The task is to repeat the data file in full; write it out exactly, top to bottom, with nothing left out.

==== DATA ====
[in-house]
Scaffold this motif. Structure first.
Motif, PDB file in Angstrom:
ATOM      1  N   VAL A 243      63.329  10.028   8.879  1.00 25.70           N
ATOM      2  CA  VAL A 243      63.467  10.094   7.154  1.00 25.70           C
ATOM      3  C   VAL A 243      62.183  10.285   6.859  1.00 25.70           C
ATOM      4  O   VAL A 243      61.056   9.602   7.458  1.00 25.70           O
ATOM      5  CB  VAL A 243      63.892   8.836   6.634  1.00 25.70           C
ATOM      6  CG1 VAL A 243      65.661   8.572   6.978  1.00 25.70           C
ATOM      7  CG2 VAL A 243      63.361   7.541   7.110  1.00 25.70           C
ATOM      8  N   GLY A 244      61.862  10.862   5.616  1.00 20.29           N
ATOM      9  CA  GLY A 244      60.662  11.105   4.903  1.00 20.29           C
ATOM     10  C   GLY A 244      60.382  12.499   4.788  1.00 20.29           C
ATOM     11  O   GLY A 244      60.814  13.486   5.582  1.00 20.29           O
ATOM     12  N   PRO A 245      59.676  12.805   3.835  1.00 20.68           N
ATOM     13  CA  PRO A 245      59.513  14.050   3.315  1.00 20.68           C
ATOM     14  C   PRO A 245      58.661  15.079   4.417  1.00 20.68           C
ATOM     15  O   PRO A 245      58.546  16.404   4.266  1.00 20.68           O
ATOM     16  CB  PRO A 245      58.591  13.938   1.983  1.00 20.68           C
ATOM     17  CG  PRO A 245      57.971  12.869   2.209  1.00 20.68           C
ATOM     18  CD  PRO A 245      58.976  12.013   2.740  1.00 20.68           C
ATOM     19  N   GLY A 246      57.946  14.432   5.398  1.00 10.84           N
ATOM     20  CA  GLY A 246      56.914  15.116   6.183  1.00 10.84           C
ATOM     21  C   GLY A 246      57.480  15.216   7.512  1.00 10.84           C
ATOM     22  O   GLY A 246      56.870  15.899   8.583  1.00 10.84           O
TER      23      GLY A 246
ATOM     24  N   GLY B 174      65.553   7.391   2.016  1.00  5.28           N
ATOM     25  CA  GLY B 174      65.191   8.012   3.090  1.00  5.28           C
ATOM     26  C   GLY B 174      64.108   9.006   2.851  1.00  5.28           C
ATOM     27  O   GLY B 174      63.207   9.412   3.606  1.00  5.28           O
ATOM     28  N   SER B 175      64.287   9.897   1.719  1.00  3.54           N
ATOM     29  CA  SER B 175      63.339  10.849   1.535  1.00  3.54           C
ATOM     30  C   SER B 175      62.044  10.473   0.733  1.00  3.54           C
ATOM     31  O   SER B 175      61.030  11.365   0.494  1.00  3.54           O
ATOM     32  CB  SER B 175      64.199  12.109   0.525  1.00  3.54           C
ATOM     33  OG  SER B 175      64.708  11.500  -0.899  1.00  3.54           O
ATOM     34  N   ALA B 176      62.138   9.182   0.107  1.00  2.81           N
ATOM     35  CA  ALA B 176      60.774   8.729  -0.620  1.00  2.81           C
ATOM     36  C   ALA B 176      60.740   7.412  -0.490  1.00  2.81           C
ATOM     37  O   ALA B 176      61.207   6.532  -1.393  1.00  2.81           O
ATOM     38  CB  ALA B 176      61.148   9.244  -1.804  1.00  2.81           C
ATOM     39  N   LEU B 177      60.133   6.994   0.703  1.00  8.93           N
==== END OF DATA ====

[in-house]
Scaffold this motif. Structure first.
Motif, PDB file in Angstrom:
ATOM      1  N   VAL A 243      63.329  10.028   8.879  1.00 25.70           N
ATOM      2  CA  VAL A 243      63.467  10.094   7.154  1.00 25.70           C
ATOM      3  C   VAL A 243      62.183  10.285   6.859  1.00 25.70           C
ATOM      4  O   VAL A 243      61.056   9.602   7.458  1.00 25.70           O
ATOM      5  CB  VAL A 243      63.892   8.836   6.634  1.00 25.70           C
ATOM      6  CG1 VAL A 243      65.661   8.572   6.978  1.00 25.70           C
ATOM      7  CG2 VAL A 243      63.361   7.541   7.110  1.00 25.70           C
ATOM      8  N   GLY A 244      61.862  10.862   5.616  1.00 20.29           N
ATOM      9  CA  GLY A 244      60.662  11.105   4.903  1.00 20.29           C
ATOM     10  C   GLY A 244      60.382  12.499   4.788  1.00 20.29           C
ATOM     11  O   GLY A 244      60.814  13.486   5.582  1.00 20.29           O
ATOM     12  N   PRO A 245      59.676  12.805   3.835  1.00 20.68           N
ATOM     13  CA  PRO A 245      59.513  14.050   3.315  1.00 20.68           C
ATOM     14  C   PRO A 245      58.661  15.079   4.417  1.00 20.68           C
ATOM     15  O   PRO A 245      58.546  16.404   4.266  1.00 20.68           O
ATOM     16  CB  PRO A 245      58.591  13.938   1.983  1.00 20.68           C
ATOM     17  CG  PRO A 245      57.971  12.869   2.209  1.00 20.68           C
ATOM     18  CD  PRO A 245      58.976  12.013   2.740  1.00 20.68           C
ATOM     19  N   GLY A 246      57.946  14.432   5.398  1.00 10.84           N
ATOM     20  CA  GLY A 246      56.914  15.116   6.183  1.00 10.84           C
ATOM     21  C   GLY A 246      57.480  15.216   7.512  1.00 10.84           C
ATOM     22  O   GLY A 246      56.870  15.899   8.583  1.00 10.84           O
TER      23      GLY A 246
ATOM     24  N   GLY B 174      65.553   7.391   2.016  1.00  5.28           N
ATOM     25  CA  GLY B 174      65.191   8.012   3.090  1.00  5.28           C
ATOM     26  C   GLY B 174      64.108   9.006   2.851  1.00  5.28           C
ATOM     27  O   GLY B 174      63.207   9.412   3.606  1.00  5.28           O
ATOM     28  N   SER B 175      64.287   9.897   1.719  1.00  3.54           N
ATOM     29  CA  SER B 175      63.339  10.849   1.535  1.00  3.54           C
ATOM     30  C   SER B 175      62.044  10.473   0.733  1.00  3.54           C
ATOM     31  O   SER B 175      61.030  11.365   0.494  1.00  3.54           O
ATOM     32  CB  SER B 175      64.199  12.109   0.525  1.00  3.54           C
ATOM     33  OG  SER B 175      64.708  11.500  -0.899  1.00  3.54           O
ATOM     34  N   ALA B 176      62.138   9.182   0.107  1.00  2.81           N
ATOM     35  CA  ALA B 176      60.774   8.729  -0.620  1.00  2.81           C
ATOM     36  C   ALA B 176      60.740   7.412  -0.490  1.00  2.81           C
ATOM     37  O   ALA B 176      61.207   6.532  -1.393  1.00  2.81           O
ATOM     38  CB  ALA B 176      61.148   9.244  -1.804  1.00  2.81           C
ATOM     39  N   LEU B 177      60.133   6.994   0.703  1.00  8.93           N